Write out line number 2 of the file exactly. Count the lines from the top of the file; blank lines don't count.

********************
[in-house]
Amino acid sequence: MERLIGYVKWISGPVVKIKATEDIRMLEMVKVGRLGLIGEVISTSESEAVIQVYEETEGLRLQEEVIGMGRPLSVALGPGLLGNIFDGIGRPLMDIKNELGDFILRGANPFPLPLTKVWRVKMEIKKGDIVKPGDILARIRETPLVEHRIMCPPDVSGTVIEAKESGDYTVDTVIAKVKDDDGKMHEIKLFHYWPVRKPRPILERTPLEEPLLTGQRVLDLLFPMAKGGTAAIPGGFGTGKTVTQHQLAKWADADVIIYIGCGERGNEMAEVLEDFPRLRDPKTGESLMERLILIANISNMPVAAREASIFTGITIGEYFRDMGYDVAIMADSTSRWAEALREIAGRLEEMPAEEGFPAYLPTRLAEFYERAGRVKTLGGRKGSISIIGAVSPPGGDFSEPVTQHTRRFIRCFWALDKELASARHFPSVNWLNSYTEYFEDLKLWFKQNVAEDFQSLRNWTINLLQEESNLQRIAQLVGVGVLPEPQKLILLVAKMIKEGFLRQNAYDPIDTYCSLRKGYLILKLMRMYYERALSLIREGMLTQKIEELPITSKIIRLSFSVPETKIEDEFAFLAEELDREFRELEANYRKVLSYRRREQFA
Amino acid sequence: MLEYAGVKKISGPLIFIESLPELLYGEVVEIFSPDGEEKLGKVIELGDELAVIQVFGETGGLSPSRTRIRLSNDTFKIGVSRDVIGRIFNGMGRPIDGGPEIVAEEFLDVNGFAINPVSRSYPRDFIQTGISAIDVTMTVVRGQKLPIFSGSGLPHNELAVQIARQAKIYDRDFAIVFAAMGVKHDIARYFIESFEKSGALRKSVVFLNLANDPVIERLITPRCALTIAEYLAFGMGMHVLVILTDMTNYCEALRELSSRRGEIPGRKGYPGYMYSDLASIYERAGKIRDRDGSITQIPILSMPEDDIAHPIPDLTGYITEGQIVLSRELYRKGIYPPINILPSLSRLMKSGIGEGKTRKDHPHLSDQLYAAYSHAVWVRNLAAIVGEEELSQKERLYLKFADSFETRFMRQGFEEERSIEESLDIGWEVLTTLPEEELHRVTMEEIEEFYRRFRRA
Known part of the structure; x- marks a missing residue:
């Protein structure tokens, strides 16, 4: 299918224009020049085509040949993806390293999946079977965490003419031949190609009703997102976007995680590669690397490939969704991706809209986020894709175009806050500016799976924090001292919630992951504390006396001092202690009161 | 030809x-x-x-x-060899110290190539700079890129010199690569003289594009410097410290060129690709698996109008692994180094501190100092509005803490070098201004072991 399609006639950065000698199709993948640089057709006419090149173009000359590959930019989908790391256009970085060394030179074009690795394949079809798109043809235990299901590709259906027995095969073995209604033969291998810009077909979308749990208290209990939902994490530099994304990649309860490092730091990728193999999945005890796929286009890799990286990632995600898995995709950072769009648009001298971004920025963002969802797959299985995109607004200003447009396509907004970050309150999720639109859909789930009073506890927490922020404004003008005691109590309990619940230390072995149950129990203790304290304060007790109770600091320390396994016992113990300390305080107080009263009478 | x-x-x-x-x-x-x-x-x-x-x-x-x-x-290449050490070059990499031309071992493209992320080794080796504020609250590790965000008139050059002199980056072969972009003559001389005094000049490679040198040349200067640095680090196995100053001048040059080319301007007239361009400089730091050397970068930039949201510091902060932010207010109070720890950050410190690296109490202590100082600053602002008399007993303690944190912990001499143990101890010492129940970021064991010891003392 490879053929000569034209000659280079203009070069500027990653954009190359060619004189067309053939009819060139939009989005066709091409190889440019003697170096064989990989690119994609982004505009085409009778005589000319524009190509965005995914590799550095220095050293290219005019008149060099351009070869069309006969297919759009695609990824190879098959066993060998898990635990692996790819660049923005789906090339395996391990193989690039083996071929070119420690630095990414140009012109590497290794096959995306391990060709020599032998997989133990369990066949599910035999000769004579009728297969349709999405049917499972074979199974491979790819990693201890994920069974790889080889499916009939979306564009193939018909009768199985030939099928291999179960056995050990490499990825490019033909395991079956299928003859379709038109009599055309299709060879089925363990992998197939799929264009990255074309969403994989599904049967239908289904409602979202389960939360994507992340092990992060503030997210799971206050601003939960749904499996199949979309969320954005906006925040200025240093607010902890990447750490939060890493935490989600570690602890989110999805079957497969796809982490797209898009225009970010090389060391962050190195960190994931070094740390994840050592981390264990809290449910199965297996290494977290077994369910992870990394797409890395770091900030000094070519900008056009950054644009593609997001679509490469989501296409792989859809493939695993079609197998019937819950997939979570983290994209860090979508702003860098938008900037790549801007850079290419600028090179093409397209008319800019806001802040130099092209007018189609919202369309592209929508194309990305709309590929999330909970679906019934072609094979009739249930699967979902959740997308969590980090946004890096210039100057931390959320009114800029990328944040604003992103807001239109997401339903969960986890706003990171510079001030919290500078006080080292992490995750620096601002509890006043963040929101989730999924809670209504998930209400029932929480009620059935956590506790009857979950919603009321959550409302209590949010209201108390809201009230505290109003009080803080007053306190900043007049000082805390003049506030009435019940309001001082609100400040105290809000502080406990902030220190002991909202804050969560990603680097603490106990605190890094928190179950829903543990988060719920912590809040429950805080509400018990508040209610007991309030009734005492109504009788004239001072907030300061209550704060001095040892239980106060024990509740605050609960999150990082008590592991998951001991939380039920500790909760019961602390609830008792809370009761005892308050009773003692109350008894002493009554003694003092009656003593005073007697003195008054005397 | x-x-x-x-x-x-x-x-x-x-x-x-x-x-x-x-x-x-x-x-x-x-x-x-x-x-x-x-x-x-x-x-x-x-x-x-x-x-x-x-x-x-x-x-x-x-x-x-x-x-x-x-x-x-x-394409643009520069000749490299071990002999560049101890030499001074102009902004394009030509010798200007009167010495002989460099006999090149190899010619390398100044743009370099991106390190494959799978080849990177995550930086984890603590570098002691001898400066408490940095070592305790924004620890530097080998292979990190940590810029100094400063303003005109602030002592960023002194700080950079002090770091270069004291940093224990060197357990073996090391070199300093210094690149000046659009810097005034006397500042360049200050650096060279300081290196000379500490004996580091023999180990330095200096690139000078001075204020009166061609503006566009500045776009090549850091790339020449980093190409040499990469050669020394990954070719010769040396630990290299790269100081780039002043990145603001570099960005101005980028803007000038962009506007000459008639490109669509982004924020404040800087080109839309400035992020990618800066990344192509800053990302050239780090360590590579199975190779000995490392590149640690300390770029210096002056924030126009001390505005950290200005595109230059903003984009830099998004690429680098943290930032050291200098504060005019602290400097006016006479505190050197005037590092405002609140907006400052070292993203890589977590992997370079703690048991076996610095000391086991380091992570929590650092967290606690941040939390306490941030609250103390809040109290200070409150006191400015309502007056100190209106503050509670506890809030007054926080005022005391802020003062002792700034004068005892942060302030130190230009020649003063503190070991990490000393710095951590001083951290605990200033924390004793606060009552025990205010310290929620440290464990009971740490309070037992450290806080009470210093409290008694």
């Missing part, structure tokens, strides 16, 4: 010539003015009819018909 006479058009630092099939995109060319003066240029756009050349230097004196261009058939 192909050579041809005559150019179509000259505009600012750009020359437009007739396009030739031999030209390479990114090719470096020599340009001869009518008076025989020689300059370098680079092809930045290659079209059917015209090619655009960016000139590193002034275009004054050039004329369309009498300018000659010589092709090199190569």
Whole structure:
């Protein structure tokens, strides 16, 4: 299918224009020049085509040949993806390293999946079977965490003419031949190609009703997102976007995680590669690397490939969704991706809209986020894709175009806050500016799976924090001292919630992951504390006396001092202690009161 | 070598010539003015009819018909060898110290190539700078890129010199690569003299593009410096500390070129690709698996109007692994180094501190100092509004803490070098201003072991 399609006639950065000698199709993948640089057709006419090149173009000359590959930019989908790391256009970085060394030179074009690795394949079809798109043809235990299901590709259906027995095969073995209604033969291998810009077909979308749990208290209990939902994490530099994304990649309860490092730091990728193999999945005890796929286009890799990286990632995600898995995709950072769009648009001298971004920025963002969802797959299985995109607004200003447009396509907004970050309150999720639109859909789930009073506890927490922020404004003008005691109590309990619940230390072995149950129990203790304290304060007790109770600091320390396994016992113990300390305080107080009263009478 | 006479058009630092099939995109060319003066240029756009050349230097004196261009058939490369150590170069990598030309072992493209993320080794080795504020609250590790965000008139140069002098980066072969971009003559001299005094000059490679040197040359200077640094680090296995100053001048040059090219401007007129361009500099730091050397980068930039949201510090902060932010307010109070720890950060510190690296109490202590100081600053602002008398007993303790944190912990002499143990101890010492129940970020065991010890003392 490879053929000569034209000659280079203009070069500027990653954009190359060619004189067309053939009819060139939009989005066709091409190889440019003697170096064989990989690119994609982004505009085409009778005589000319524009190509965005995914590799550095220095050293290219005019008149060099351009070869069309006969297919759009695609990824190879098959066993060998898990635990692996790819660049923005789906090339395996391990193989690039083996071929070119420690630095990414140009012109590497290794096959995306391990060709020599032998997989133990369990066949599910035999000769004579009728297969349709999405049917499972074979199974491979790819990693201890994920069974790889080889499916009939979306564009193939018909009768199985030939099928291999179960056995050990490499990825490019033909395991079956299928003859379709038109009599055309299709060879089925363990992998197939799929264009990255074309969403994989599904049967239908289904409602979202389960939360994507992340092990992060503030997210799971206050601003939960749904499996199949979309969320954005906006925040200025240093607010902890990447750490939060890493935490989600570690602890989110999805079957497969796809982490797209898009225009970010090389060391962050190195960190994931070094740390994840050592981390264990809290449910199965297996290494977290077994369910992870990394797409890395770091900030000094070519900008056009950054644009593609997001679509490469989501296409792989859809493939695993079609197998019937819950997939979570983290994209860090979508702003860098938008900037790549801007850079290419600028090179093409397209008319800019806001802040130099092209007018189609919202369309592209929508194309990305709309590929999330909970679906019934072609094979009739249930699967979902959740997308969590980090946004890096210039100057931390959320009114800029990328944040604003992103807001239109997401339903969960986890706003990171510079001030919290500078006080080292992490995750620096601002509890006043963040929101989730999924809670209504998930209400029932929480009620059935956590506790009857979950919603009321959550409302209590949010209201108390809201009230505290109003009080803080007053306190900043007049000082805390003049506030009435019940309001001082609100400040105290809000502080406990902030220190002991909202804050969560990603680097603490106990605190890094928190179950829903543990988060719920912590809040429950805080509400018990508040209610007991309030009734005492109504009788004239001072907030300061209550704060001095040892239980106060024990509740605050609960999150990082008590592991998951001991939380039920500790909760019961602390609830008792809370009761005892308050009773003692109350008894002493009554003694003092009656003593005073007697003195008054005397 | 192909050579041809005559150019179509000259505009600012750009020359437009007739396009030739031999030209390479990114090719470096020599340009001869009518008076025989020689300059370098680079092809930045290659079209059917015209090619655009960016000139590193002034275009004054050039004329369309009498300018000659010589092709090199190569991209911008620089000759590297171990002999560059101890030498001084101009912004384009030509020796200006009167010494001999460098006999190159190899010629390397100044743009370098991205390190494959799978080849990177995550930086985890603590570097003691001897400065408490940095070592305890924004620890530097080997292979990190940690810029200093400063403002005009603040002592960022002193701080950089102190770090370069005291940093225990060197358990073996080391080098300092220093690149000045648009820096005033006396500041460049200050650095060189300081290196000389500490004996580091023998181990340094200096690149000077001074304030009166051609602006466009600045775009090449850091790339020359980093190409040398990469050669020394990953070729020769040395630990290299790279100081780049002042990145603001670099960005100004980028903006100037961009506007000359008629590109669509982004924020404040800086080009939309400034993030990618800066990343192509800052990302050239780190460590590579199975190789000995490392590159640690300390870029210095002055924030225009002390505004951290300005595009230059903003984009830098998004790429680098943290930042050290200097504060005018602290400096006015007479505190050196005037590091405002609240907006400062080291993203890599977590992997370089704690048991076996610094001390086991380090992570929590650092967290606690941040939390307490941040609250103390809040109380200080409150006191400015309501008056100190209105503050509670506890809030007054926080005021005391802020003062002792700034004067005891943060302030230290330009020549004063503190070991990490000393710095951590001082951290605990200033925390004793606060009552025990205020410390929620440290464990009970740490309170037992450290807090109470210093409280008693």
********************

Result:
Amino acid sequence: MERLIGYVKWISGPVVKIKATEDIRMLEMVKVGRLGLIGEVISTSESEAVIQVYEETEGLRLQEEVIGMGRPLSVALGPGLLGNIFDGIGRPLMDIKNELGDFILRGANPFPLPLTKVWRVKMEIKKGDIVKPGDILARIRETPLVEHRIMCPPDVSGTVIEAKESGDYTVDTVIAKVKDDDGKMHEIKLFHYWPVRKPRPILERTPLEEPLLTGQRVLDLLFPMAKGGTAAIPGGFGTGKTVTQHQLAKWADADVIIYIGCGERGNEMAEVLEDFPRLRDPKTGESLMERLILIANISNMPVAAREASIFTGITIGEYFRDMGYDVAIMADSTSRWAEALREIAGRLEEMPAEEGFPAYLPTRLAEFYERAGRVKTLGGRKGSISIIGAVSPPGGDFSEPVTQHTRRFIRCFWALDKELASARHFPSVNWLNSYTEYFEDLKLWFKQNVAEDFQSLRNWTINLLQEESNLQRIAQLVGVGVLPEPQKLILLVAKMIKEGFLRQNAYDPIDTYCSLRKGYLILKLMRMYYERALSLIREGMLTQKIEELPITSKIIRLSFSVPETKIEDEFAFLAEELDREFRELEANYRKVLSYRRREQFA